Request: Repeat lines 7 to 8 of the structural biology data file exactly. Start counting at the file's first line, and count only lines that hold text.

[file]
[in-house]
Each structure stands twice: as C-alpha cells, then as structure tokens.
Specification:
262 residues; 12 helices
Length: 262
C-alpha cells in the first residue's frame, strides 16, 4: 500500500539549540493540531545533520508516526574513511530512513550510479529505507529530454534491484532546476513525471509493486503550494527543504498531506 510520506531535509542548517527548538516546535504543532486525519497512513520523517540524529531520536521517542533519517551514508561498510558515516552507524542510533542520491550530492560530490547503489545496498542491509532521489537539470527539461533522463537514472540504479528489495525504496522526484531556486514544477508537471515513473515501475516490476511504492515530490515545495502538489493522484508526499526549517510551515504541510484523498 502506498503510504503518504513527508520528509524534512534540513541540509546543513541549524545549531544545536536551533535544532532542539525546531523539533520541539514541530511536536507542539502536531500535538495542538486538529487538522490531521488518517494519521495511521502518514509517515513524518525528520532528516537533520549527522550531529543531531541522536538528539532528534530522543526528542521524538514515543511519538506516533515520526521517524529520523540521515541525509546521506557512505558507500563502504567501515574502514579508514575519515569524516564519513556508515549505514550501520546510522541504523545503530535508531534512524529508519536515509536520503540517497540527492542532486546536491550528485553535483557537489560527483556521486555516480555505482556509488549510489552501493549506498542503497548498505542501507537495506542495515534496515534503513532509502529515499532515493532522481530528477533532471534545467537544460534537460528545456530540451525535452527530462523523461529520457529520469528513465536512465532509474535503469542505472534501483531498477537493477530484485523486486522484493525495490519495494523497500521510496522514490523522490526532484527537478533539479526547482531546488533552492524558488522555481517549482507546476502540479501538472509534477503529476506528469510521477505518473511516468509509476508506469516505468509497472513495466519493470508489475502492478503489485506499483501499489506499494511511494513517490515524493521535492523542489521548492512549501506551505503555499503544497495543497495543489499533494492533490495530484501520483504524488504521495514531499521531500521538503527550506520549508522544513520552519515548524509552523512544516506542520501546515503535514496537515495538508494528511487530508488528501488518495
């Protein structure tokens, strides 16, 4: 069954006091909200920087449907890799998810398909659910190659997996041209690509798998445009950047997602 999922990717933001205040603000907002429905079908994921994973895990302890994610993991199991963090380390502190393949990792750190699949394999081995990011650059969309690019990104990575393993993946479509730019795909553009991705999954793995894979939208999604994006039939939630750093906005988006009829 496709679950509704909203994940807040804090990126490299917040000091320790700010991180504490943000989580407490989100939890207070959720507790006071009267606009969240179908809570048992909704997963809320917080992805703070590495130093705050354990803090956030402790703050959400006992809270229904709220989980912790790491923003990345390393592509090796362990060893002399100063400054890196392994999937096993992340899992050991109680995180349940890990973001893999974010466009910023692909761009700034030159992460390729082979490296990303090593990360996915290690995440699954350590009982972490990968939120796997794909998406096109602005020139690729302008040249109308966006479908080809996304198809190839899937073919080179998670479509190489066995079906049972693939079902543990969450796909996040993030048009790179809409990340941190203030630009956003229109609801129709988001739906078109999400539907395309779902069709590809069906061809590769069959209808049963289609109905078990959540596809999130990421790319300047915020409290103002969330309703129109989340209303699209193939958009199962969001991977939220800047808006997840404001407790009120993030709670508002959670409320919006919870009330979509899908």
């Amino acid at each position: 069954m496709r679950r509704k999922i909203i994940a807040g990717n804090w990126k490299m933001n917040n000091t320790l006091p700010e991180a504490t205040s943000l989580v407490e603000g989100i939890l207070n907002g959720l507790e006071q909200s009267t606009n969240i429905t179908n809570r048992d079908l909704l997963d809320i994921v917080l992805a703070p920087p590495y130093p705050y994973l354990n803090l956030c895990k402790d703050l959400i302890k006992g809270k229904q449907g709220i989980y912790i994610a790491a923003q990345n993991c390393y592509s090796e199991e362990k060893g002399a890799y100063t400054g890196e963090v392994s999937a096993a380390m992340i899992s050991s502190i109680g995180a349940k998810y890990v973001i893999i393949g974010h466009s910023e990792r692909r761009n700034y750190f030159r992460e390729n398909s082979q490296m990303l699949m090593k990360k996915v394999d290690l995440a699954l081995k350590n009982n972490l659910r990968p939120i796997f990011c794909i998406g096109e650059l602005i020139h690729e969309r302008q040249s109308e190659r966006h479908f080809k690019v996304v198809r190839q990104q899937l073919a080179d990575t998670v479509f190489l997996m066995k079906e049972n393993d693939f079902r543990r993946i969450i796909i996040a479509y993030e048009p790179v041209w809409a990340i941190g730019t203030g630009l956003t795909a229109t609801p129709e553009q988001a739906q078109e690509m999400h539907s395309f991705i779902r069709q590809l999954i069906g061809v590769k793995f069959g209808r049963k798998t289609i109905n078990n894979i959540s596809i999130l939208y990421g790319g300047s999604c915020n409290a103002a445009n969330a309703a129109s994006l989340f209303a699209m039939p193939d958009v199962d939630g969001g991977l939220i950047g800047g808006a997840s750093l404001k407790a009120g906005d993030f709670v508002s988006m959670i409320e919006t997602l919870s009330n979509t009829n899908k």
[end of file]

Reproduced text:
């Protein structure tokens, strides 16, 4: 069954006091909200920087449907890799998810398909659910190659997996041209690509798998445009950047997602 999922990717933001205040603000907002429905079908994921994973895990302890994610993991199991963090380390502190393949990792750190699949394999081995990011650059969309690019990104990575393993993946479509730019795909553009991705999954793995894979939208999604994006039939939630750093906005988006009829 496709679950509704909203994940807040804090990126490299917040000091320790700010991180504490943000989580407490989100939890207070959720507790006071009267606009969240179908809570048992909704997963809320917080992805703070590495130093705050354990803090956030402790703050959400006992809270229904709220989980912790790491923003990345390393592509090796362990060893002399100063400054890196392994999937096993992340899992050991109680995180349940890990973001893999974010466009910023692909761009700034030159992460390729082979490296990303090593990360996915290690995440699954350590009982972490990968939120796997794909998406096109602005020139690729302008040249109308966006479908080809996304198809190839899937073919080179998670479509190489066995079906049972693939079902543990969450796909996040993030048009790179809409990340941190203030630009956003229109609801129709988001739906078109999400539907395309779902069709590809069906061809590769069959209808049963289609109905078990959540596809999130990421790319300047915020409290103002969330309703129109989340209303699209193939958009199962969001991977939220800047808006997840404001407790009120993030709670508002959670409320919006919870009330979509899908």
């Amino acid at each position: 069954m496709r679950r509704k999922i909203i994940a807040g990717n804090w990126k490299m933001n917040n000091t320790l006091p700010e991180a504490t205040s943000l989580v407490e603000g989100i939890l207070n907002g959720l507790e006071q909200s009267t606009n969240i429905t179908n809570r048992d079908l909704l997963d809320i994921v917080l992805a703070p920087p590495y130093p705050y994973l354990n803090l956030c895990k402790d703050l959400i302890k006992g809270k229904q449907g709220i989980y912790i994610a790491a923003q990345n993991c390393y592509s090796e199991e362990k060893g002399a890799y100063t400054g890196e963090v392994s999937a096993a380390m992340i899992s050991s502190i109680g995180a349940k998810y890990v973001i893999i393949g974010h466009s910023e990792r692909r761009n700034y750190f030159r992460e390729n398909s082979q490296m990303l699949m090593k990360k996915v394999d290690l995440a699954l081995k350590n009982n972490l659910r990968p939120i796997f990011c794909i998406g096109e650059l602005i020139h690729e969309r302008q040249s109308e190659r966006h479908f080809k690019v996304v198809r190839q990104q899937l073919a080179d990575t998670v479509f190489l997996m066995k079906e049972n393993d693939f079902r543990r993946i969450i796909i996040a479509y993030e048009p790179v041209w809409a990340i941190g730019t203030g630009l956003t795909a229109t609801p129709e553009q988001a739906q078109e690509m999400h539907s395309f991705i779902r069709q590809l999954i069906g061809v590769k793995f069959g209808r049963k798998t289609i109905n078990n894979i959540s596809i999130l939208y990421g790319g300047s999604c915020n409290a103002a445009n969330a309703a129109s994006l989340f209303a699209m039939p193939d958009v199962d939630g969001g991977l939220i950047g800047g808006a997840s750093l404001k407790a009120g906005d993030f709670v508002s988006m959670i409320e919006t997602l919870s009330n979509t009829n899908k």